Populations of Botryllus schlosseri (PALLAS 1772), a cosmopolitan colonial ascidian, were examined on the undersurface of stones for the first time in three adjoining localities along the Israeli Mediterranean coast. A 2 yr study of 1589 stones which were inhabited by 1345 colonies, revealed that colony coverage was <1.5% of the total available substrate area; values were highest in spring, lowest in winter. The 2 yr differed significantly in the number of colonies.m-2, and these numbers were correlated with mean seawater temperatures. Most of the stones contained 1-5 Botryllus colonies year-round; no significant correlation was found between number and stone size. The brown morph was dominant (80%) at all three localities. The distribution of other colour morphs differed between localities. Reproductive colonies were either hermaphroditic or contained male gonads only. Peak reproduction was in the spring, but did not correlate with seawater temperatures. While colony size ranged between 1 and 1155 zooids, sexually mature colonies consisted of 171-273 zooids on the average, compared with 37-90 zooids for sterile colonies. The three populations differed significantly in several ecological and life history characteristics. This further confirmed past studies indicating that Botryllus populations are characteristically divided into local subpopulations exhibiting microgeographic differences in life history patterns. The results are compared with the accumulated data on other world-wide Botryllus populations residing in other habitats.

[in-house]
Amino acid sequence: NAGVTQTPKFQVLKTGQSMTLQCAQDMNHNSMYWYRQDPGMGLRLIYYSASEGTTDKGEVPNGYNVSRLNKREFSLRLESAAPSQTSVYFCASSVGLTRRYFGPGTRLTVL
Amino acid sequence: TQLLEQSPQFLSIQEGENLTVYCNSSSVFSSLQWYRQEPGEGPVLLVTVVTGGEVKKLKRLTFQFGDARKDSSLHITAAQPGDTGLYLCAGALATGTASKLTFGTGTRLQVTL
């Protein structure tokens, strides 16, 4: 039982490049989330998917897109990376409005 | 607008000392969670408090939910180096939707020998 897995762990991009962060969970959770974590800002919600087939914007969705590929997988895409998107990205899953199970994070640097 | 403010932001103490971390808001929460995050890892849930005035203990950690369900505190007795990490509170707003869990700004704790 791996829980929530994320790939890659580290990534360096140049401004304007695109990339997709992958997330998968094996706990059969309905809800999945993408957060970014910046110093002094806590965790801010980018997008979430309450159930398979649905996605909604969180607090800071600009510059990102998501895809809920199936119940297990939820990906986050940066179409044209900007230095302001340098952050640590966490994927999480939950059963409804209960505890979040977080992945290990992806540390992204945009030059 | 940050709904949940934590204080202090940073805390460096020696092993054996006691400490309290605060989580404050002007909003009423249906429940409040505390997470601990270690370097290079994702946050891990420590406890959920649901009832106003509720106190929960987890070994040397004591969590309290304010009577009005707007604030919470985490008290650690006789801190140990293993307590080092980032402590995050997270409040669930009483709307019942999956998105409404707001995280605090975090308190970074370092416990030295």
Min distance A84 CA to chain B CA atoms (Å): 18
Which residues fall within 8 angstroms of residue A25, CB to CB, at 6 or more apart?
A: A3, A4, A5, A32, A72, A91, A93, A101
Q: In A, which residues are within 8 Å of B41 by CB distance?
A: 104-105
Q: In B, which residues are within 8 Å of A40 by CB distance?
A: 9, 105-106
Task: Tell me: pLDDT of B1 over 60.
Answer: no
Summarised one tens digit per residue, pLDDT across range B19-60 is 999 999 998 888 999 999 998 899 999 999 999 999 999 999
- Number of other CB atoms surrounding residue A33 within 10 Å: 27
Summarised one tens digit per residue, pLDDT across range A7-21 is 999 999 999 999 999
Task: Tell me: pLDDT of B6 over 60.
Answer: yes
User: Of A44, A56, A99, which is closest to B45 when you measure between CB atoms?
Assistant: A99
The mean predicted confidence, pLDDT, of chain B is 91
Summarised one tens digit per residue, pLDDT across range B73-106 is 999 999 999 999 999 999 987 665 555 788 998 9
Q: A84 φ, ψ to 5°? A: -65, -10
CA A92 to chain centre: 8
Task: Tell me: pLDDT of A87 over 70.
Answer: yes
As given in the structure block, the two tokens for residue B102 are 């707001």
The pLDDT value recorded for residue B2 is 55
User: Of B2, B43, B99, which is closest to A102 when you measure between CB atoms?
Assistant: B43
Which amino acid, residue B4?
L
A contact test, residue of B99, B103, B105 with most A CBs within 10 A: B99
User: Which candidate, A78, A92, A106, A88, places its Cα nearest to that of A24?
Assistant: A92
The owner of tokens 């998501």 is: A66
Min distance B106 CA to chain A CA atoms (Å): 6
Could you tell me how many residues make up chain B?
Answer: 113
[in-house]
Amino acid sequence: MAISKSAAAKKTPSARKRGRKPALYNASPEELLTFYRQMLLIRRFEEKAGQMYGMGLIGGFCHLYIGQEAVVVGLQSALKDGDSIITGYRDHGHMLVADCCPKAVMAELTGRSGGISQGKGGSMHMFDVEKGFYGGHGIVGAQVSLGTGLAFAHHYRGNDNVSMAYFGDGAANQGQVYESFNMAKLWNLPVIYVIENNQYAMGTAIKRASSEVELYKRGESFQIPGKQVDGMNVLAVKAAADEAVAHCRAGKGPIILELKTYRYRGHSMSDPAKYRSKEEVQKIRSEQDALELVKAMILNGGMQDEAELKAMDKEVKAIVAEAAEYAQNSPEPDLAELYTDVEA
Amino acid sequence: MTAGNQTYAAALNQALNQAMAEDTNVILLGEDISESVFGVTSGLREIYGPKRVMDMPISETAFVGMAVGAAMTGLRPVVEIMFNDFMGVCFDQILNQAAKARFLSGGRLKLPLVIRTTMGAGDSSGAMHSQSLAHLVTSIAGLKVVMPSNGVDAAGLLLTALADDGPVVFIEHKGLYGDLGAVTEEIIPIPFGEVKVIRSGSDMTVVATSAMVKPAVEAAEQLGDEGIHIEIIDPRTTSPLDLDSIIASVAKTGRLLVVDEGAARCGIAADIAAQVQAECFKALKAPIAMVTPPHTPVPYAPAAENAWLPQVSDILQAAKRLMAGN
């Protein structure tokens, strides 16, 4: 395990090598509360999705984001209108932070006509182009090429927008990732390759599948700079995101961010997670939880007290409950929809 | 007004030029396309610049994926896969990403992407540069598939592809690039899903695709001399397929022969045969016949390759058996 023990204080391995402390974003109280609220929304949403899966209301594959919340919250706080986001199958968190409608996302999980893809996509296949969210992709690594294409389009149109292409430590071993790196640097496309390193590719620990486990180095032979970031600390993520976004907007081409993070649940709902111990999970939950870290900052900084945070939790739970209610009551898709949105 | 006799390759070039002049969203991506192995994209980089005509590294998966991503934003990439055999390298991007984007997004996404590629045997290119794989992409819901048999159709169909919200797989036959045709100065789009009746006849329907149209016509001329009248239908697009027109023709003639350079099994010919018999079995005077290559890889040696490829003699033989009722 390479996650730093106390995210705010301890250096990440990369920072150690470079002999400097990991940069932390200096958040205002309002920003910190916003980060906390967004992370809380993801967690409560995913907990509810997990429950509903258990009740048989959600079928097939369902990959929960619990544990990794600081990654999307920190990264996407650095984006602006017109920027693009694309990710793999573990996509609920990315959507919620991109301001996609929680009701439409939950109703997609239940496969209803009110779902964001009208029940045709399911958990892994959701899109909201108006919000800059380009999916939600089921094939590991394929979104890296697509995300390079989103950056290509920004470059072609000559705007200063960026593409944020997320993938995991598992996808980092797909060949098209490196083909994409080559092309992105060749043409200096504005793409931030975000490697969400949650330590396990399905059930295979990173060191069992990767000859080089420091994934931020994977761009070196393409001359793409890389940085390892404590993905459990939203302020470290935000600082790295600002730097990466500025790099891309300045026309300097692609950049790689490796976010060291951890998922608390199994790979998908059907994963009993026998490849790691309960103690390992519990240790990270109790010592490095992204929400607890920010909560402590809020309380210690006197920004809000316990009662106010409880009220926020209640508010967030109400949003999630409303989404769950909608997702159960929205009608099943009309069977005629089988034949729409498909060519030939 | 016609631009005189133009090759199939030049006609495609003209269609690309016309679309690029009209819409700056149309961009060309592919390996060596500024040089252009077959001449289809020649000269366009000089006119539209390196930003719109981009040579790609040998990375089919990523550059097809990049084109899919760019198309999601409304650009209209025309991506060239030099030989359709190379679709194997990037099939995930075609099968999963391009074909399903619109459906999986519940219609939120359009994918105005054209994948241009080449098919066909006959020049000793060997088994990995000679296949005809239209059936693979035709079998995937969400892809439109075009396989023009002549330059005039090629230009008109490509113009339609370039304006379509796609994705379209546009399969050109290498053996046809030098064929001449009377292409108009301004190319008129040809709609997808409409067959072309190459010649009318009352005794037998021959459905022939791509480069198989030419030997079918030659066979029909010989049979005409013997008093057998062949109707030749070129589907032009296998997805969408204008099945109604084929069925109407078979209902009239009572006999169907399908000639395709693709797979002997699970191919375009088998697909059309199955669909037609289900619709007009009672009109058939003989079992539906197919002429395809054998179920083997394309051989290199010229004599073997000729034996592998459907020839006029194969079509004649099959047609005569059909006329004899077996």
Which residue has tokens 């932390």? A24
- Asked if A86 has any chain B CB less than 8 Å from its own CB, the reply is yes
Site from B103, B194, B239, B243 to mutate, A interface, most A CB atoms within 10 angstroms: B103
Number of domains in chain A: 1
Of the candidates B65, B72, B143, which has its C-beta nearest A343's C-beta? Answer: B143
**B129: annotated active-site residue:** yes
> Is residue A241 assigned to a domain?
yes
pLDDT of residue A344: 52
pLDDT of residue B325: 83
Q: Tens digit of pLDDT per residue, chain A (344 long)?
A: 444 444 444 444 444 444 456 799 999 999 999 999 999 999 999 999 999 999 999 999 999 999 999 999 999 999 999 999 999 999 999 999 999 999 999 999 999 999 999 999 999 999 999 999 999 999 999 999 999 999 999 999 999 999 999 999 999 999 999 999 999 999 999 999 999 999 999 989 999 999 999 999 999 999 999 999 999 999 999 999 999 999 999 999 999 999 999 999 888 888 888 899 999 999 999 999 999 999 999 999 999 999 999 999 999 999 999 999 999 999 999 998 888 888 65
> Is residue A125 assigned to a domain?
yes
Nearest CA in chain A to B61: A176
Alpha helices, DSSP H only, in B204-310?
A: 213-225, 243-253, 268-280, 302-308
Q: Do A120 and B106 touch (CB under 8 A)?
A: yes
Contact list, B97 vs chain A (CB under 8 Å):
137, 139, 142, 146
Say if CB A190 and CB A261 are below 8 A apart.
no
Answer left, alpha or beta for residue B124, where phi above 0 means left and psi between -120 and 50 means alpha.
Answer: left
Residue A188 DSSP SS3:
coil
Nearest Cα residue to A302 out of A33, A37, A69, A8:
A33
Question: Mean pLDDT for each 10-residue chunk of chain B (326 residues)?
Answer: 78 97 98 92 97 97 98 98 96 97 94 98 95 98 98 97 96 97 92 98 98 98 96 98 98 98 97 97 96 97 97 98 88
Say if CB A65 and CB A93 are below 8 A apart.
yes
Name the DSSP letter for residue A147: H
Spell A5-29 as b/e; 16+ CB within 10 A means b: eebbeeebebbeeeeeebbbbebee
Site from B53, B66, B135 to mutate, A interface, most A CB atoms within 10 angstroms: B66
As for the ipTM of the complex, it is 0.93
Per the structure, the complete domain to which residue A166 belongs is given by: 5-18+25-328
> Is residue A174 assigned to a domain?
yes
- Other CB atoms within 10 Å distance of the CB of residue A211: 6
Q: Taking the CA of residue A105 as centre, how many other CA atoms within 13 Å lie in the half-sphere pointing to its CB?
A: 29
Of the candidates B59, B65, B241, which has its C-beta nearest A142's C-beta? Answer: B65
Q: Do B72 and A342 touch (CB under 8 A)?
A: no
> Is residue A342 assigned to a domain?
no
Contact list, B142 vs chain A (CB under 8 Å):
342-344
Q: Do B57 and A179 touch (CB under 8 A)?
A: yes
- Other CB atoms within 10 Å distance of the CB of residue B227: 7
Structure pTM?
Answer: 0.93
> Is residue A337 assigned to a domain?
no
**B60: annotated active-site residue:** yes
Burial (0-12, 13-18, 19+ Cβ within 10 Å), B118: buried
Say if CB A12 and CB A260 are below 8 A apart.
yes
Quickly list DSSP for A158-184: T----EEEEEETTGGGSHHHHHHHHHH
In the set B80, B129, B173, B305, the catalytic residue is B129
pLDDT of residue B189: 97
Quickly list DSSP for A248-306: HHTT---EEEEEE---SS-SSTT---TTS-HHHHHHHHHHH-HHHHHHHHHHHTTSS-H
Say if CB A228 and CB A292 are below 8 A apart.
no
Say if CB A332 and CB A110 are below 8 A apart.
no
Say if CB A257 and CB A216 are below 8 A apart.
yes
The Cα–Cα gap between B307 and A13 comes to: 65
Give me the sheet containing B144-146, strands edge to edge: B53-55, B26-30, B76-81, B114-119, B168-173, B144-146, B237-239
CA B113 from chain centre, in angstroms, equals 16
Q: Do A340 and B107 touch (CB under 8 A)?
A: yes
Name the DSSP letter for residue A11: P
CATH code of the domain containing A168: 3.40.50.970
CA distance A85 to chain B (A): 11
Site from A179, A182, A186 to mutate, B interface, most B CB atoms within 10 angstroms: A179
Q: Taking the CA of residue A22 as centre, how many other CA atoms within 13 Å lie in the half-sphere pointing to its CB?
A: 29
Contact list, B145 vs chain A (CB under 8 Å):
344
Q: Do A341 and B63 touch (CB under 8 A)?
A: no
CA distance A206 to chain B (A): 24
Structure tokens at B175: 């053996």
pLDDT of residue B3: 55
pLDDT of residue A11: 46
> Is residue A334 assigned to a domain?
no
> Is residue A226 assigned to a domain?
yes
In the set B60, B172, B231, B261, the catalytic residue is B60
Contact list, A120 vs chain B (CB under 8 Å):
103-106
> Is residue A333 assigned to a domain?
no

|Number of pages||17|
|State||Published - 1998|